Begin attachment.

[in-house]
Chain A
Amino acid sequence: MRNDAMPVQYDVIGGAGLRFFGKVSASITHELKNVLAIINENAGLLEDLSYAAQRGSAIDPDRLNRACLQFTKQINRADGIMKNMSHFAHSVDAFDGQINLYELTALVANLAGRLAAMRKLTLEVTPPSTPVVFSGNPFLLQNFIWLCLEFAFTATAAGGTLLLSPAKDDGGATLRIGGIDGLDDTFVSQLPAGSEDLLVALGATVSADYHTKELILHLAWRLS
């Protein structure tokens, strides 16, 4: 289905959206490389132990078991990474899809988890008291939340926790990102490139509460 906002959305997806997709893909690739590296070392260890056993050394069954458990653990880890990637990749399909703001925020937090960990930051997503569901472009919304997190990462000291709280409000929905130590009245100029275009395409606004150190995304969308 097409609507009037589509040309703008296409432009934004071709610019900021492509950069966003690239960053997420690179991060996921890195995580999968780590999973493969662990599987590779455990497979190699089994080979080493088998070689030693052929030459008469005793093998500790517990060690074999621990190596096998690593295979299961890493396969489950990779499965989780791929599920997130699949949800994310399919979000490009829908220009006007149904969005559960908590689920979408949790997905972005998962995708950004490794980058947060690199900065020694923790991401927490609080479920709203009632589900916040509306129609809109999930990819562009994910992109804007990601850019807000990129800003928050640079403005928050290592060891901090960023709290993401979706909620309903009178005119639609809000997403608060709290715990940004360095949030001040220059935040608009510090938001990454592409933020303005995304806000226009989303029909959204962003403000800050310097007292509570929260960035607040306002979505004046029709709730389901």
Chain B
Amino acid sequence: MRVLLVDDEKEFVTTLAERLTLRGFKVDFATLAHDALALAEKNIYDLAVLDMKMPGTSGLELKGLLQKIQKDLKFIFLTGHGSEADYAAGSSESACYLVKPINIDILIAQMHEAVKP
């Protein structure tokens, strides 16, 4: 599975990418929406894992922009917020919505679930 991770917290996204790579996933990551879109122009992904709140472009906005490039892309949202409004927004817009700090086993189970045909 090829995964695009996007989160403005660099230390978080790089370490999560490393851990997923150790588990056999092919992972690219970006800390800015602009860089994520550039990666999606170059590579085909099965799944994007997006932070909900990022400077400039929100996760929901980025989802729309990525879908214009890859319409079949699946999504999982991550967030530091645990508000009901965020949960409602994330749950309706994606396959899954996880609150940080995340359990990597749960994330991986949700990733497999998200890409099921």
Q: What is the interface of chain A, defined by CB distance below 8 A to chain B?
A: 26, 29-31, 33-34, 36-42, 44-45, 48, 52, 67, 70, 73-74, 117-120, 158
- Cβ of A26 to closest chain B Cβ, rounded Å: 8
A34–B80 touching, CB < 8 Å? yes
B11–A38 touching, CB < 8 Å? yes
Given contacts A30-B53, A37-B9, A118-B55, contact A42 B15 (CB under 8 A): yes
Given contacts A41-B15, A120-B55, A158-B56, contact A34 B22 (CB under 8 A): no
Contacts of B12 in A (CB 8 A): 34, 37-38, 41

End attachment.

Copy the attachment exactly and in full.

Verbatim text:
[in-house]
Chain A
Amino acid sequence: MRNDAMPVQYDVIGGAGLRFFGKVSASITHELKNVLAIINENAGLLEDLSYAAQRGSAIDPDRLNRACLQFTKQINRADGIMKNMSHFAHSVDAFDGQINLYELTALVANLAGRLAAMRKLTLEVTPPSTPVVFSGNPFLLQNFIWLCLEFAFTATAAGGTLLLSPAKDDGGATLRIGGIDGLDDTFVSQLPAGSEDLLVALGATVSADYHTKELILHLAWRLS
């Protein structure tokens, strides 16, 4: 289905959206490389132990078991990474899809988890008291939340926790990102490139509460 906002959305997806997709893909690739590296070392260890056993050394069954458990653990880890990637990749399909703001925020937090960990930051997503569901472009919304997190990462000291709280409000929905130590009245100029275009395409606004150190995304969308 097409609507009037589509040309703008296409432009934004071709610019900021492509950069966003690239960053997420690179991060996921890195995580999968780590999973493969662990599987590779455990497979190699089994080979080493088998070689030693052929030459008469005793093998500790517990060690074999621990190596096998690593295979299961890493396969489950990779499965989780791929599920997130699949949800994310399919979000490009829908220009006007149904969005559960908590689920979408949790997905972005998962995708950004490794980058947060690199900065020694923790991401927490609080479920709203009632589900916040509306129609809109999930990819562009994910992109804007990601850019807000990129800003928050640079403005928050290592060891901090960023709290993401979706909620309903009178005119639609809000997403608060709290715990940004360095949030001040220059935040608009510090938001990454592409933020303005995304806000226009989303029909959204962003403000800050310097007292509570929260960035607040306002979505004046029709709730389901």
Chain B
Amino acid sequence: MRVLLVDDEKEFVTTLAERLTLRGFKVDFATLAHDALALAEKNIYDLAVLDMKMPGTSGLELKGLLQKIQKDLKFIFLTGHGSEADYAAGSSESACYLVKPINIDILIAQMHEAVKP
């Protein structure tokens, strides 16, 4: 599975990418929406894992922009917020919505679930 991770917290996204790579996933990551879109122009992904709140472009906005490039892309949202409004927004817009700090086993189970045909 090829995964695009996007989160403005660099230390978080790089370490999560490393851990997923150790588990056999092919992972690219970006800390800015602009860089994520550039990666999606170059590579085909099965799944994007997006932070909900990022400077400039929100996760929901980025989802729309990525879908214009890859319409079949699946999504999982991550967030530091645990508000009901965020949960409602994330749950309706994606396959899954996880609150940080995340359990990597749960994330991986949700990733497999998200890409099921």
Q: What is the interface of chain A, defined by CB distance below 8 A to chain B?
A: 26, 29-31, 33-34, 36-42, 44-45, 48, 52, 67, 70, 73-74, 117-120, 158
- Cβ of A26 to closest chain B Cβ, rounded Å: 8
A34–B80 touching, CB < 8 Å? yes
B11–A38 touching, CB < 8 Å? yes
Given contacts A30-B53, A37-B9, A118-B55, contact A42 B15 (CB under 8 A): yes
Given contacts A41-B15, A120-B55, A158-B56, contact A34 B22 (CB under 8 A): no
Contacts of B12 in A (CB 8 A): 34, 37-38, 41